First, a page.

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Closing the employment gap by being inclusive

Local business can find the talent they need by becoming more inclusive

AbleTo campaign
AbleTo campaign

A recently launched awareness campaign called #AbleTo is encouraging local employers to tackle one of their biggest challenges — recruiting talented staff — by becoming more inclusive.

According to the Ottawa Board of Trade, 63 percent of Ottawa employers see recruitment and retention as one of the top issues facing their company.

As it turns out, business owners are able to find a solution by considering an untapped pool of qualified candidates — students and graduates with disabilities — of which there are over 10,000 in Ottawa alone.

That’s what the #AbleTo campaign is all about — closing the employment gap between students and graduates with disabilities and their non-disabled peers, helping everyone find meaningful work while strengthening local businesses.

#AbleTo comes from the David C. Onley Initiative (DCOI) for Employment and Enterprise Development, a collaboration between Algonquin College, University of Ottawa, College La Cité and led by Carleton University.

“People with disabilities bring an additional set of skills,” says Tara Connolly, DCOI’s assistant director for research and development. “People with disabilities are creative problem solvers and out-of-the-box thinkers.”

The AbleTo campaign encourages employers to consider what they are able to do to help close the employment gap, such as writing inclusive job descriptions or building accessible workplaces. The campaign also asks everyone making an effort to share their #AbleTo pledge on social media and discuss what they are able to do to close the gap.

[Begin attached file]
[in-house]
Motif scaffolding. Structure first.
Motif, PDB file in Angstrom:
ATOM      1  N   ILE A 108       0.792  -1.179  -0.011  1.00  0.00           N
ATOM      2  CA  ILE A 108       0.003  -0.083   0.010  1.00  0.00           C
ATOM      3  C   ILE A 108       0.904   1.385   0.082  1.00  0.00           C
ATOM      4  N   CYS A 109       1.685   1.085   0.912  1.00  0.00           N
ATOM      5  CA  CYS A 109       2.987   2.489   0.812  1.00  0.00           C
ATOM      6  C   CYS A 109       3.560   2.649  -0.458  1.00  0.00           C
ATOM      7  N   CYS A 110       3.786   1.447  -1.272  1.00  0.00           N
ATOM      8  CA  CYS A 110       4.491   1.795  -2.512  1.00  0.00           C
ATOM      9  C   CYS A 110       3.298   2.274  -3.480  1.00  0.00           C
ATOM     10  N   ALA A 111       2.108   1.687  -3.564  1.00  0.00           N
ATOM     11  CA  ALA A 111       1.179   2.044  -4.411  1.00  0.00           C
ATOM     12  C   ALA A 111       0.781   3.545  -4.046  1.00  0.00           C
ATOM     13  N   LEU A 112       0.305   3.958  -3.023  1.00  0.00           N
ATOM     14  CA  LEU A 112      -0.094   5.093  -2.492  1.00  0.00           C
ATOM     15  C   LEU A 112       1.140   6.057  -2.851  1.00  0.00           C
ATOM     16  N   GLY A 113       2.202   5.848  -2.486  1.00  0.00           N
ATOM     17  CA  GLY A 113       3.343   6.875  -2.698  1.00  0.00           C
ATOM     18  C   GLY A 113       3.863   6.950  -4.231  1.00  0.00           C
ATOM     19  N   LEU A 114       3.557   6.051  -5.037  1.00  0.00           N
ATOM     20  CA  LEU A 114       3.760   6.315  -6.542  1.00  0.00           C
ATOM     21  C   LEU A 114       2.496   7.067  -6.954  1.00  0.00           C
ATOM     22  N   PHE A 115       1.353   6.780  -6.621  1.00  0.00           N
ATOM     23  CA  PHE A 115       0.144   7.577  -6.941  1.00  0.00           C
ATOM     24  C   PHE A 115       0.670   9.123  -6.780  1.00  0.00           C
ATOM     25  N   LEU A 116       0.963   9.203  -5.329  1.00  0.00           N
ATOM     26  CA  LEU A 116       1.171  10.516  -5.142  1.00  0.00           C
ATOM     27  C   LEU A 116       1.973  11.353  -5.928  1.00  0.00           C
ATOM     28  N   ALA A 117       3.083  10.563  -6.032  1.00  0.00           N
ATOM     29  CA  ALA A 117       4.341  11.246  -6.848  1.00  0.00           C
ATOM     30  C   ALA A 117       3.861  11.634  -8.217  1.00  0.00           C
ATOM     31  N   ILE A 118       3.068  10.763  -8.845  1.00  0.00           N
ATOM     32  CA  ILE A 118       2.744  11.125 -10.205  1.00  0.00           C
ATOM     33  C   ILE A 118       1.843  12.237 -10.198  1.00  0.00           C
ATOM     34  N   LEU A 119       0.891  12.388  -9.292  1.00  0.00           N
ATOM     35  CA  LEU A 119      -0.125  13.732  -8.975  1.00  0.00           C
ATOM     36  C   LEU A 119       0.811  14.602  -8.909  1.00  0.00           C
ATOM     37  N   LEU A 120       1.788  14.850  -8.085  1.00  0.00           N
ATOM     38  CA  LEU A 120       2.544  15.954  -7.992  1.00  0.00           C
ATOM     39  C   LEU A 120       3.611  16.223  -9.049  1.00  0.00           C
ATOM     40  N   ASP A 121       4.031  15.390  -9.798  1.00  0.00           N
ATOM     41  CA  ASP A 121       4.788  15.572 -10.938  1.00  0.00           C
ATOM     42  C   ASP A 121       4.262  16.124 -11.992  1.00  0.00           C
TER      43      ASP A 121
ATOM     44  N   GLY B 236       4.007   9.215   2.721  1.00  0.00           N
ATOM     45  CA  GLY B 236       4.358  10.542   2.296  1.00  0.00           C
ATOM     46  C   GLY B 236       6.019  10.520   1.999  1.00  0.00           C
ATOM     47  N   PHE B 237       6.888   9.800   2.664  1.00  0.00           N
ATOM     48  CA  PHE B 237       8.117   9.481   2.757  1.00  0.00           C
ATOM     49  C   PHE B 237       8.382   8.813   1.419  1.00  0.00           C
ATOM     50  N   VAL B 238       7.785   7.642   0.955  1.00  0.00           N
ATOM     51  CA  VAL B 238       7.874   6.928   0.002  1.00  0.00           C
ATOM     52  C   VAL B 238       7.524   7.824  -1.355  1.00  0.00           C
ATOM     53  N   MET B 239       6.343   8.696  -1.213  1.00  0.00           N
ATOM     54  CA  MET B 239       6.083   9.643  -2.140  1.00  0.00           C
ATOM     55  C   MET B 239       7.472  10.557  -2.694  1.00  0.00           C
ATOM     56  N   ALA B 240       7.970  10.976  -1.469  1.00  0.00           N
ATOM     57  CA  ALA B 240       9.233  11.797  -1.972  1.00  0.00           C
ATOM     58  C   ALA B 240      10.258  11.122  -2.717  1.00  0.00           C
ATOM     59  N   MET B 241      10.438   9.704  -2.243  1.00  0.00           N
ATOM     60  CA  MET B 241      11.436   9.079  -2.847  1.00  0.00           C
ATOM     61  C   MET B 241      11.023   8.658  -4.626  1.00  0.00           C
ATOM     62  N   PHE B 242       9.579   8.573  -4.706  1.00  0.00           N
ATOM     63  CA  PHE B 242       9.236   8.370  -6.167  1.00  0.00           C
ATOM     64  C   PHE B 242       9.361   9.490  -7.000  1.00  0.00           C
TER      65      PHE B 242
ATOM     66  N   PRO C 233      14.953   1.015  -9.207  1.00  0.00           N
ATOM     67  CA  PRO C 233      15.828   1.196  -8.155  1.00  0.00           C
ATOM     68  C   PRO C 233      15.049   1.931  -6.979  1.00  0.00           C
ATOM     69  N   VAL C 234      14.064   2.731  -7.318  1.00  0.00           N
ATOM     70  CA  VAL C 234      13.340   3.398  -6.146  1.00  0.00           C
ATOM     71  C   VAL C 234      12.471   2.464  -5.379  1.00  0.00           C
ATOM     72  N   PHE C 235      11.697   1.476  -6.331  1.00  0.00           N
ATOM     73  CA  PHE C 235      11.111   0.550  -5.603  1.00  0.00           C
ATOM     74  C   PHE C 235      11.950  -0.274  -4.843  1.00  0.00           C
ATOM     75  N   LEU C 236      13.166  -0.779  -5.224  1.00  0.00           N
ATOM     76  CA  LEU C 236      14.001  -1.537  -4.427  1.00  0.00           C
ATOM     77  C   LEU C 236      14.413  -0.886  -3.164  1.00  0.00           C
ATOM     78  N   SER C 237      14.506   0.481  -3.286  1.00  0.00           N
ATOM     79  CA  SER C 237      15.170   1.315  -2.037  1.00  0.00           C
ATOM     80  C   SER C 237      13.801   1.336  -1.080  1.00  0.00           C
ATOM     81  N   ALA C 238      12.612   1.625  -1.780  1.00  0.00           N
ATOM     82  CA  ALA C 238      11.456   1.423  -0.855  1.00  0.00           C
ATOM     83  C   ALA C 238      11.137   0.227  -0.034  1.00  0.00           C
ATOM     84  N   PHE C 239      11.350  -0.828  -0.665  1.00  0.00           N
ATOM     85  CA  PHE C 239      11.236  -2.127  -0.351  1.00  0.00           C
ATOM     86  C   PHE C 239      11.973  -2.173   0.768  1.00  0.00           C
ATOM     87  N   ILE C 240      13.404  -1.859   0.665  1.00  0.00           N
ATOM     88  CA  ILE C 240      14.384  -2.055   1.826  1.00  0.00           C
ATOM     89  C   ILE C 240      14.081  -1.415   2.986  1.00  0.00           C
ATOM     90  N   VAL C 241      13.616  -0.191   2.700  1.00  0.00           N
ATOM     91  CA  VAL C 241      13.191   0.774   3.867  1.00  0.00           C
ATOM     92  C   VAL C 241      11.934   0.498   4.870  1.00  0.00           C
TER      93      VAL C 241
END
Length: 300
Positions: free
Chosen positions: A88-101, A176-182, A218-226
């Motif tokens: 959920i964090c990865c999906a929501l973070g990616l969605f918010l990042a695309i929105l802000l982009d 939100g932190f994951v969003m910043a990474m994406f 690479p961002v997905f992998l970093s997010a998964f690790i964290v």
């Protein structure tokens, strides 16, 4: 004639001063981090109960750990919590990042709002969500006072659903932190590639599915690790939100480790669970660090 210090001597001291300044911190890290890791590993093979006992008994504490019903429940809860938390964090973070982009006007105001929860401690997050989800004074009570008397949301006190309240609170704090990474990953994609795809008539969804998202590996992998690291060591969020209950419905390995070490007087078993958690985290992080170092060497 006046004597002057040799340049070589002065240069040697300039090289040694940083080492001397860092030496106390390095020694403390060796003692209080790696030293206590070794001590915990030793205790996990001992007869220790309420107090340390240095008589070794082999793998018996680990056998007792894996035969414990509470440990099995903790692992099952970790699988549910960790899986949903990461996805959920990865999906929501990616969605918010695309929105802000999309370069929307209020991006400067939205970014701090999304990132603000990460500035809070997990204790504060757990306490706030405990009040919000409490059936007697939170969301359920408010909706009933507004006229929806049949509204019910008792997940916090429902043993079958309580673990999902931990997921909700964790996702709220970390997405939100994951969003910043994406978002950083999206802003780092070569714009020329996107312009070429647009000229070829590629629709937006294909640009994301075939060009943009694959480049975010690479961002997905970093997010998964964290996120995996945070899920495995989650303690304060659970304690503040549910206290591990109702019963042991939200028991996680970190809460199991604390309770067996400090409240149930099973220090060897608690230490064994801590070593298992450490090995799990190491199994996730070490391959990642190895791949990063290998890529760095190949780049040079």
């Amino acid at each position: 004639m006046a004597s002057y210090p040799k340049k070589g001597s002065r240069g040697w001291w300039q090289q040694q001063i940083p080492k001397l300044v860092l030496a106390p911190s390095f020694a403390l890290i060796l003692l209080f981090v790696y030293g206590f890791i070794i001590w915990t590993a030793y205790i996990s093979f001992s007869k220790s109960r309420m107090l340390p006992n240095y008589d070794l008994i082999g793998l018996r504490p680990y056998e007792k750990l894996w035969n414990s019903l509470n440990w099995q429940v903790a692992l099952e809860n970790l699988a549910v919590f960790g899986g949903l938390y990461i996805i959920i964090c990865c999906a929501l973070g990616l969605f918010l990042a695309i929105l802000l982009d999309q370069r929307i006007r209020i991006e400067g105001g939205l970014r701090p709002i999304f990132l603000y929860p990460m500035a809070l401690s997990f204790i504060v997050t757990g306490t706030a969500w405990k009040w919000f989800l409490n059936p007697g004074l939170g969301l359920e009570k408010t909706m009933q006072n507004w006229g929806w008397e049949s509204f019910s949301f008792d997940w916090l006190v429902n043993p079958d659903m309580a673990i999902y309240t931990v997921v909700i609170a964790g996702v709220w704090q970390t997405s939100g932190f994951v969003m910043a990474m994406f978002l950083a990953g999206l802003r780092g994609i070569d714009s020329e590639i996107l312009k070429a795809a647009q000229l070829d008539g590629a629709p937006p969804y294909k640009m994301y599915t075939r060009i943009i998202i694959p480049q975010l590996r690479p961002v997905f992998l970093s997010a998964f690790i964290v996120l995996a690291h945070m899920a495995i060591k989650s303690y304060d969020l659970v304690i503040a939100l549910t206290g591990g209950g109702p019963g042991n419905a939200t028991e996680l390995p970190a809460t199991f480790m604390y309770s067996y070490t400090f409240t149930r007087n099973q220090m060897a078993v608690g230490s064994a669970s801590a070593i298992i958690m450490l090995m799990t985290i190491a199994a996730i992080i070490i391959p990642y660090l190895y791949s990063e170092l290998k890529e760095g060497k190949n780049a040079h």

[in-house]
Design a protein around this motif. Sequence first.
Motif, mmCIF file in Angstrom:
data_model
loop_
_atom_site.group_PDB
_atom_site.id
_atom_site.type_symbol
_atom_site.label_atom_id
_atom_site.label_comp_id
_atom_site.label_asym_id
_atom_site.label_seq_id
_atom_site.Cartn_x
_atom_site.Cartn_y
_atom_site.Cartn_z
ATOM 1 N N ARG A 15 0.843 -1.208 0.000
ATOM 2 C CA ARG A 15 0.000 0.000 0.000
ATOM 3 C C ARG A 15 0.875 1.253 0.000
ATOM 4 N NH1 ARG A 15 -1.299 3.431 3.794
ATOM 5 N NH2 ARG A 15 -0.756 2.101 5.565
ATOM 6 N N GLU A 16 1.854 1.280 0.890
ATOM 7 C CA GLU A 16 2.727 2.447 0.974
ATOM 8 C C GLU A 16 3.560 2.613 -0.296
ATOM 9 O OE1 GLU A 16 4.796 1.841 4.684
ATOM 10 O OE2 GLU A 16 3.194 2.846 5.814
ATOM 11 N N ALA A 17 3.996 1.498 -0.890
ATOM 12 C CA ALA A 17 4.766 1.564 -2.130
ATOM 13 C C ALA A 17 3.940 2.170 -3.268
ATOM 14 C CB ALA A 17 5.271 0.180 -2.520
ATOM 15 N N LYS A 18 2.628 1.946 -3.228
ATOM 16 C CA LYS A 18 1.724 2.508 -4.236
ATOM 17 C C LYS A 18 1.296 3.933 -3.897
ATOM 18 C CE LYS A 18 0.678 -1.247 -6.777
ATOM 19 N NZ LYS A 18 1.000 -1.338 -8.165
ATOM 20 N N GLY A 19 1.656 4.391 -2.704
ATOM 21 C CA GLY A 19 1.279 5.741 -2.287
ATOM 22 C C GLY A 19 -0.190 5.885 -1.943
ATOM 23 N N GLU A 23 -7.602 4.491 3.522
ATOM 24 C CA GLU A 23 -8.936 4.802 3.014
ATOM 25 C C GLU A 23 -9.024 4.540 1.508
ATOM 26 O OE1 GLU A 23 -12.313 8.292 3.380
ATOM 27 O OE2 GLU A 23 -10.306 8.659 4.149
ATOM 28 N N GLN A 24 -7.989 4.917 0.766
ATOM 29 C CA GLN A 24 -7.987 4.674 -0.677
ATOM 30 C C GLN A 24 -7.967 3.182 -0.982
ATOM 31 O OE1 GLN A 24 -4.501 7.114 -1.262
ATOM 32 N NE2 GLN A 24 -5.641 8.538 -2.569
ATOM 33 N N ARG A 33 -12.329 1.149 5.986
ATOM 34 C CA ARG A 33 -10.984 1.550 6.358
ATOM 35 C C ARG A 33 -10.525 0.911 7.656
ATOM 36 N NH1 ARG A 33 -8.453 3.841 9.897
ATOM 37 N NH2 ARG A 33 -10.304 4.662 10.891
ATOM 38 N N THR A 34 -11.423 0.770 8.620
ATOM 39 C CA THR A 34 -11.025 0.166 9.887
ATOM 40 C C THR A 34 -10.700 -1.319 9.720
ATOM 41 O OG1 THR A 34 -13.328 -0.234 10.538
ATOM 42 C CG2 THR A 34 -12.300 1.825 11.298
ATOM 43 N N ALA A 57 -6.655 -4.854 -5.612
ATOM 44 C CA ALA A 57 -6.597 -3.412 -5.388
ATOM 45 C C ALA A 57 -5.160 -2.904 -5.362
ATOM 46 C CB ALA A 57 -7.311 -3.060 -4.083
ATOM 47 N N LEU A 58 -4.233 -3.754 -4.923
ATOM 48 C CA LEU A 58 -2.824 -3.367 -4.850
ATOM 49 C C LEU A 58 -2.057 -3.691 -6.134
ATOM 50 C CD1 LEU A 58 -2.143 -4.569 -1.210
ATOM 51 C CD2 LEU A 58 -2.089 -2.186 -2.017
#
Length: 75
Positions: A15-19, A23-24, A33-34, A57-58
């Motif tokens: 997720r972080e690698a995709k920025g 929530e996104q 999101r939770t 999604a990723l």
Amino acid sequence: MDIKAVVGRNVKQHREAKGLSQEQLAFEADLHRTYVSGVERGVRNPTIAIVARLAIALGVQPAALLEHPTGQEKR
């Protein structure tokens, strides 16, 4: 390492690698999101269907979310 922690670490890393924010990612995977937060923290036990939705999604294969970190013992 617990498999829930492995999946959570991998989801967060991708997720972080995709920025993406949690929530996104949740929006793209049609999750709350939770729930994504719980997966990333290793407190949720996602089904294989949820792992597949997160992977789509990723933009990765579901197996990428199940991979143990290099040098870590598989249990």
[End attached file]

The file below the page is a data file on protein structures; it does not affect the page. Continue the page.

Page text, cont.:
For DCOI, one of its early efforts involved being #AbleTo help students with disabilities connect with employers through Accessible Employer Showcase events. These events feature groups of students sitting down in small groups for roundtable discussions with individual employers, avoiding the need to compete in a traditional career fair environment. At the events, companies and organizations are also encouraged to invite their existing employees with disabilities to speak about their work experience.

“That way students can easily see themselves in the environment instead of thinking, ‘What do I need to do to fit into this place?’” Connolly says.

Accessible workspaces

To learn how to make their workplaces more accessible and find untapped talent, employers are invited to register to attend Enable Ottawa 2019 on May 22, a one-day summit that will bring together organizations that are active in the development of innovative solutions to accessibility.

It will also be an opportunity for employers to share success stories of hiring people with disabilities.

“We need to make sure employers understand their own work setting,” says Connolly. “Is your workplace truly accessible?”

The business case for inclusion 


Research from the Ontario Disability Employment Network illustrates the benefits to an organization of employing individuals with disabilities:

  • Retention rates are 72 per cent higher among people who have a disability.
  • Attendance: 86 per cent of employees who have a disability have average or above-average attendance records.
  • Customer attraction: 78 per cent of Canadians are more likely to buy a product or service from a business that hires people with disabilities.